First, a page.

At one point, I sold my microwave. I never bought a TV for myself. Rather than buy a coffee table, I spraypainted a footlocker trunk and used that. I had a small table with a drawer instead of a desk. The apartment came with a built-in table and bench breakfast nook. And I was honestly thrilled.

Then I moved in with husband number two. And all of his stuff. Despite years of trying to get the house to a point that wasn’t driving me batty, the stuff continued. And, worse than stuff, the shoving. When you have so much stuff that you can’t even use the things you own without that stuff falling on top of you because you disturbed its precarious situation in relation to other stuff, you have found my personal threshold for the amount of stuff I can deal with.

After therapy, medication for my anxiety, and finally recognizing seven years of mental and financial abuse, I got out of there and settled into yet another fresh beginning for myself. And, as usual, I have been using writing to channel a lot of my recovery process and encourage others to move on from situations that no longer serve them (at best) or are downright harming their mental or physical health (at worst).

When I first moved out and into the apartment, I hadn’t had the time to prioritize or declutter things. I was stuffing boxes and moving fast. It wasn’t ideal. So I decluttered as I unpacked, but I held onto things like wedding photos and cards, things my husband had given me in better times, and practical wedding gifts that were still in their packaging.

On Moving On (And Moving)

When I moved for the second time in 2018, choosing to move in with a partner, I minimized and downsized even more. One wall of my living room was lined with things I wasn’t taking with me to my new home. I gave it away and donated whatever my friends didn’t take. I even sold or gave away most of my furniture.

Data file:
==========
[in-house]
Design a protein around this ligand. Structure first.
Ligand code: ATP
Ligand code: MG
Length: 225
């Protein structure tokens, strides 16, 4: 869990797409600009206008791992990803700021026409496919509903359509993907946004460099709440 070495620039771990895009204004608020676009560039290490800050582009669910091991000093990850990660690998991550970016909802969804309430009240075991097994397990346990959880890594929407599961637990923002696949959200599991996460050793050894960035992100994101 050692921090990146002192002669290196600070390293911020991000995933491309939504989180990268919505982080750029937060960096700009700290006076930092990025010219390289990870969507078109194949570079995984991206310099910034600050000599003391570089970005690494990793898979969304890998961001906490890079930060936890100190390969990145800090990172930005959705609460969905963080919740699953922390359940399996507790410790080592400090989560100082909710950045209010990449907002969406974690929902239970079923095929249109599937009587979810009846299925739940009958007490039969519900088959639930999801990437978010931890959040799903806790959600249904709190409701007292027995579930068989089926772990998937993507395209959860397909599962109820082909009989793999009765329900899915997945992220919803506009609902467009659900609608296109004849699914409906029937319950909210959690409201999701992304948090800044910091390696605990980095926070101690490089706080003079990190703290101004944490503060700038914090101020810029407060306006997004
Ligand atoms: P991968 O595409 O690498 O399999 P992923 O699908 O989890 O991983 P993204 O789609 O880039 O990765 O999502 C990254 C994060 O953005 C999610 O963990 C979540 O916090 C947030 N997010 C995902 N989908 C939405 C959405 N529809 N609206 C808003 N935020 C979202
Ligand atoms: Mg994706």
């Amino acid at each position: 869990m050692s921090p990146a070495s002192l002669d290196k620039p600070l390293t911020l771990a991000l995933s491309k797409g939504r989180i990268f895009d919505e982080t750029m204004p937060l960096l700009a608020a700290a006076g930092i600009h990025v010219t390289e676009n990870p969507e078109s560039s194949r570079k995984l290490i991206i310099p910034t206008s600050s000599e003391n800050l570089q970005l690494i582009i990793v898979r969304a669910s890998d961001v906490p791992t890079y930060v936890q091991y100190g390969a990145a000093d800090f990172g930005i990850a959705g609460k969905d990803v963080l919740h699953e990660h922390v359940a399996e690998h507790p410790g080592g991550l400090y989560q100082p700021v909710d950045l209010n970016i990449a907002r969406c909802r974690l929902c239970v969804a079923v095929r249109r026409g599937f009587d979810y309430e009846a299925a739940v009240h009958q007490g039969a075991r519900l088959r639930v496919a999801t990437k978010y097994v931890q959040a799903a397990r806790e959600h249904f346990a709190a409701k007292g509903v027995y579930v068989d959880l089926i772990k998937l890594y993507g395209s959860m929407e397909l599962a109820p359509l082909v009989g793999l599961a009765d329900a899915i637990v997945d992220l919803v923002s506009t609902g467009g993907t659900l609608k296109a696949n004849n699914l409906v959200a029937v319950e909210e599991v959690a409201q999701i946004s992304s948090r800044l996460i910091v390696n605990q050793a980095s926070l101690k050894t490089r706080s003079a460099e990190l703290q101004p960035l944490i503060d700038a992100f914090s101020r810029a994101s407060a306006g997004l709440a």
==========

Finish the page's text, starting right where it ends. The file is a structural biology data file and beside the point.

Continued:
And all this has taught me that moving is one of my personal decluttering easy buttons. When you’re moving, you have to decide to pack, move, unpack, and put away every single thing you own. Even when I’m not about to move, one of my decluttering questions for myself is, “Would I pack this and move it across the country if I had to relocate?” If no, then I usually donate.

So here’s my quick guide to decluttering before a move:

  1. Set A Limit: If you know you have more stuff than you actually want to pack up and move, give yourself a set limit of how many boxes or containers you can fill from each area in your home. Do you want your clothes to fit into two boxes? One large suitcase? An entire U-Haul? Whatever your limit is, set it, pack, and when you get to the limit of that box/suitcase/truck, you’re done packing and it’s time to start a donate pile.
  2. Get A Buddy: Having a designated packing buddy can help move the process along. Often times, another person’s perspective can be really helpful in deciding what to keep. At a minimum, the packing will go faster because you have more help!
  3. Don’t Declutter Everything: Save the sentimental keepsakes for after your move, if you can. Sentimental items will just derail your progress and you’ll end up flipping through old greeting cards from your grandma and reminiscing over clippings from your college paper. If you do not absolutely have to downsize to the bare minimum, my advice is to pack these right away into a box to be sorted through once you’re in your new place.
  4. Have a Free Stuff Party: If you have enough notice, invite your friends and neighbors over to shop your donate pile. The price of admission can be that they’ll take a bag or box to Goodwill on their way home, so you don’t have to do it!
  5. Pack in Categories: Packing is best done in chunks. Pack your linen closet. Pack your bathroom stuff. Pack your clothing. As you do this, you may naturally notice that you have a lot of freaking towels and decide to donate some of them. See number one – set a limit. As you work through your categories, set limits for each area!

If you have any other advice or questions about downsizing before a move, leave a comment! I do my best to respond to all comments on the blog within 48 hours.